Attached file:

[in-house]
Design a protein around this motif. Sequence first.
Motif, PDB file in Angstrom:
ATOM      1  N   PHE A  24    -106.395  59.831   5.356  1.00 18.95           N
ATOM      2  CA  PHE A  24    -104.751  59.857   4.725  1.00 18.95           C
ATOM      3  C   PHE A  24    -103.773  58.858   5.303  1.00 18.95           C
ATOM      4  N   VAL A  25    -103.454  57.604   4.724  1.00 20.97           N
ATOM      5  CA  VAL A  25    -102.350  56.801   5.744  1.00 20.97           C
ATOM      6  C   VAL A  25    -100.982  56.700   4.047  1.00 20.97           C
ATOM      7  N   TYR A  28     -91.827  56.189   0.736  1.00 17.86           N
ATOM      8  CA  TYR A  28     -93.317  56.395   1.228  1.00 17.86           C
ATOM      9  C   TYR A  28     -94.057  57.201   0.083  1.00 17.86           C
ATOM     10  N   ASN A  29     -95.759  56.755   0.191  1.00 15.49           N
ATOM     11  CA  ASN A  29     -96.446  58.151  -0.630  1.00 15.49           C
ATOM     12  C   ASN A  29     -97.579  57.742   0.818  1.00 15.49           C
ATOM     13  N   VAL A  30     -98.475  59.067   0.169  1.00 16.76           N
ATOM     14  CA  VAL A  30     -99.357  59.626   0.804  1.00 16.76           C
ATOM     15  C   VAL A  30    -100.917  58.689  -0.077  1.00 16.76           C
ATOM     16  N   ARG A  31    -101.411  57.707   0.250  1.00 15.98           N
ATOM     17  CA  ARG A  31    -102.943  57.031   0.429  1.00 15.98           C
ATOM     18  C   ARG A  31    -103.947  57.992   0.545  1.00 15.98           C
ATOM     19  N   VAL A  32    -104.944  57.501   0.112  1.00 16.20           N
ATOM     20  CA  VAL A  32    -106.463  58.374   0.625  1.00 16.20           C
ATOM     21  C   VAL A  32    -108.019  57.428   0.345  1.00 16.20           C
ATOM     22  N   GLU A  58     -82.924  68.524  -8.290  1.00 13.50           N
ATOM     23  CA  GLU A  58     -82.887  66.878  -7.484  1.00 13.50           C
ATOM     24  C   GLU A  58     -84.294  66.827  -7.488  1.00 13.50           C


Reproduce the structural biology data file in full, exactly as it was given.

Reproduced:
[in-house]
Design a protein around this motif. Sequence first.
Motif, PDB file in Angstrom:
ATOM      1  N   PHE A  24    -106.395  59.831   5.356  1.00 18.95           N
ATOM      2  CA  PHE A  24    -104.751  59.857   4.725  1.00 18.95           C
ATOM      3  C   PHE A  24    -103.773  58.858   5.303  1.00 18.95           C
ATOM      4  N   VAL A  25    -103.454  57.604   4.724  1.00 20.97           N
ATOM      5  CA  VAL A  25    -102.350  56.801   5.744  1.00 20.97           C
ATOM      6  C   VAL A  25    -100.982  56.700   4.047  1.00 20.97           C
ATOM      7  N   TYR A  28     -91.827  56.189   0.736  1.00 17.86           N
ATOM      8  CA  TYR A  28     -93.317  56.395   1.228  1.00 17.86           C
ATOM      9  C   TYR A  28     -94.057  57.201   0.083  1.00 17.86           C
ATOM     10  N   ASN A  29     -95.759  56.755   0.191  1.00 15.49           N
ATOM     11  CA  ASN A  29     -96.446  58.151  -0.630  1.00 15.49           C
ATOM     12  C   ASN A  29     -97.579  57.742   0.818  1.00 15.49           C
ATOM     13  N   VAL A  30     -98.475  59.067   0.169  1.00 16.76           N
ATOM     14  CA  VAL A  30     -99.357  59.626   0.804  1.00 16.76           C
ATOM     15  C   VAL A  30    -100.917  58.689  -0.077  1.00 16.76           C
ATOM     16  N   ARG A  31    -101.411  57.707   0.250  1.00 15.98           N
ATOM     17  CA  ARG A  31    -102.943  57.031   0.429  1.00 15.98           C
ATOM     18  C   ARG A  31    -103.947  57.992   0.545  1.00 15.98           C
ATOM     19  N   VAL A  32    -104.944  57.501   0.112  1.00 16.20           N
ATOM     20  CA  VAL A  32    -106.463  58.374   0.625  1.00 16.20           C
ATOM     21  C   VAL A  32    -108.019  57.428   0.345  1.00 16.20           C
ATOM     22  N   GLU A  58     -82.924  68.524  -8.290  1.00 13.50           N
ATOM     23  CA  GLU A  58     -82.887  66.878  -7.484  1.00 13.50           C
ATOM     24  C   GLU A  58     -84.294  66.827  -7.488  1.00 13.50           C